MEPs on the European Parliament economic and monetary affairs (ECON) committee have backed Labour amendments to tackle the gender pay gap in the financial sector. The committee has backed proposals for credit institutions and investment firms to have a gender neutral remuneration policy.
Neena Gill MEP, member of the ECON committee, said:
“For too long women have earned less than men. In all jobs, across all sectors, especially the finance sector, where companies have deployed opaque remuneration and bonus practices, free from scrutiny, emboldened to do as they wish.
“The proposals I made, which were backed by a majority in the committee, will ensure the principle of equal pay for equal work for male and female workers are applied in the finance sector, with gender neutral remuneration policies in credit institutions and investment firms.
“Nearly eighty per cent of firms in the UK pay men more than women, with men making up the majority of higher-paid jobs. In terms of bonuses, in the finance sector women receive 35 per cent less than men on average, and in many cases it is much worse - in Barclays Bank, for example, women get a 27p bonus for every £1 bonus paid to a man. In the whole economy, in every sector the median hourly pay for men is greater than that for women.
“The European Parliament now has a mandate to take forward our proposals to tackle these disparities, and we urge national governments to work with us in the negotiations, and for all MEPs to back us when the proposals are put to a full vote.”
Mary Honeyball MEP, vice chair of the European Parliament women’s rights and gender equality committee, said:
“This is great news, and brings us a step closer to dismantling the gender pay gap. There can be no social equality without economic equality, and these new measures show once again that the EU, and Labour MEPs in the European Parliament, are taking the lead - unlike Tory MEPs, who failed to back the proposals, and the Tory government.
“It is disgraceful that women in the UK earn just 81p an hour for every pound a man earns - this is the sixth highest gender pay gap in the EU. Labour MEPs want true equal pay, and for companies that discriminate against women to be held to account.”
The Capital Requirements Directive and Capital Requirements Regulation package, the Simon report, to which Neena Gill MEP tabled these amendments to address the gender pay gap, will now be subject to negotiation between the European Parliament and Council, and then a final vote.
Wednesday, June 20, 2018
Notes to Editors:
The key points in the amendments are:
- The principle of equal pay for male and female workers for equal work or work of equal value is laid down in Article 157 of the Lisbon Treaty - this needs to be applied in a consistent way by credit institutions and investment firms, therefore they should demonstrate a gender neutral remuneration policy.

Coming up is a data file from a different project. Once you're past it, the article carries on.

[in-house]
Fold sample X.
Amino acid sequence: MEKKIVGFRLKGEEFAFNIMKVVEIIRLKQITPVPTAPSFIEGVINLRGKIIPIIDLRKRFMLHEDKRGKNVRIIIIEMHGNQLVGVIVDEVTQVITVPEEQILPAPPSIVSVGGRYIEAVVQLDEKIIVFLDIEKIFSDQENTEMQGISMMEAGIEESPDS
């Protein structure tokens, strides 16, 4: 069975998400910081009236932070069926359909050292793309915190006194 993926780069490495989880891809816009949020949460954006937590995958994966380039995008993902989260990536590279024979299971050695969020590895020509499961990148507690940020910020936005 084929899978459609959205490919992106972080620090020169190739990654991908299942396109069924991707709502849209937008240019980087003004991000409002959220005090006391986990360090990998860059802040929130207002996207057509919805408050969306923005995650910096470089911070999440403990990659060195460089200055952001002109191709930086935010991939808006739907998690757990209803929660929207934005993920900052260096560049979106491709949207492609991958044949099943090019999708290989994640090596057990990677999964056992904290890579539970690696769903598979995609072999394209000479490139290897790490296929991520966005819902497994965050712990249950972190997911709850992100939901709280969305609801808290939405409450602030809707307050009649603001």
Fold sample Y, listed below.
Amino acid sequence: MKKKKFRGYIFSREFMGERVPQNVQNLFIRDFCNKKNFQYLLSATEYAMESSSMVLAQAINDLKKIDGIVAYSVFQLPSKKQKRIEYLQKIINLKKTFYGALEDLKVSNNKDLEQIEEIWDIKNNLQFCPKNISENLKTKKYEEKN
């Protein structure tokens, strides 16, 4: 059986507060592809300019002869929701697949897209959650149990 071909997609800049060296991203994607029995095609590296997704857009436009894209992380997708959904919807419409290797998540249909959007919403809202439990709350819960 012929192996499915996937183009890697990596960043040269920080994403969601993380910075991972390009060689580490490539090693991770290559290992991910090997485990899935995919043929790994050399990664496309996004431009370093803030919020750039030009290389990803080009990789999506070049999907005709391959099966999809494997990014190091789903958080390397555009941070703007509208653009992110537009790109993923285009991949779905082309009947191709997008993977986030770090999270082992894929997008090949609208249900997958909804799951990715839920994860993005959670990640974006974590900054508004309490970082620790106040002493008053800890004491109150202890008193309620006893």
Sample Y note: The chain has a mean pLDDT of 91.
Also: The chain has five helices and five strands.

- A gender neutral remuneration policy in a credit institution or investment firm means a remuneration policy based on equal pay for women and men for equal work or work of equal value.
- Financial Institutions shall have robust governance arrangements, which include a clear organisational structure with well-defined, transparent and consistent lines of responsibility, effective processes to identify, manage, monitor and report the risks they are or might be exposed to, adequate internal control mechanisms, including sound administration and accounting procedures, and remuneration policies and practices that are consistent with and promote sound and effective risk management. Those remuneration policies and practices shall be gender neutral.
- The European Banking Authority (EBA) shall issue guidelines on the arrangements, processes and mechanisms referred to in 1, in accordance with 2. One year after the adoption of this directive, the EBA will issue guidelines on gender neutral remuneration policies for credit institutions and investment firms. Two years after the publication of these guidelines and based on the information collected by the national competent authorities, the EBA will draft a report about the application of gender neutral remuneration policies by credit institutions and investment firms.
- Competent authorities shall collect the information disclosed in accordance with the criteria for disclosure established in points (g), (h), (i) and (k) of Article 450(1) of EU Regulation No. 575/2013 (on prudential requirements for credit institutions and investment firms), as well as the information provided by credit institutions and investment firms on the gender pay gap and shall use this information to benchmark remuneration trends and practices. The competent authorities shall provide the EBA with that information.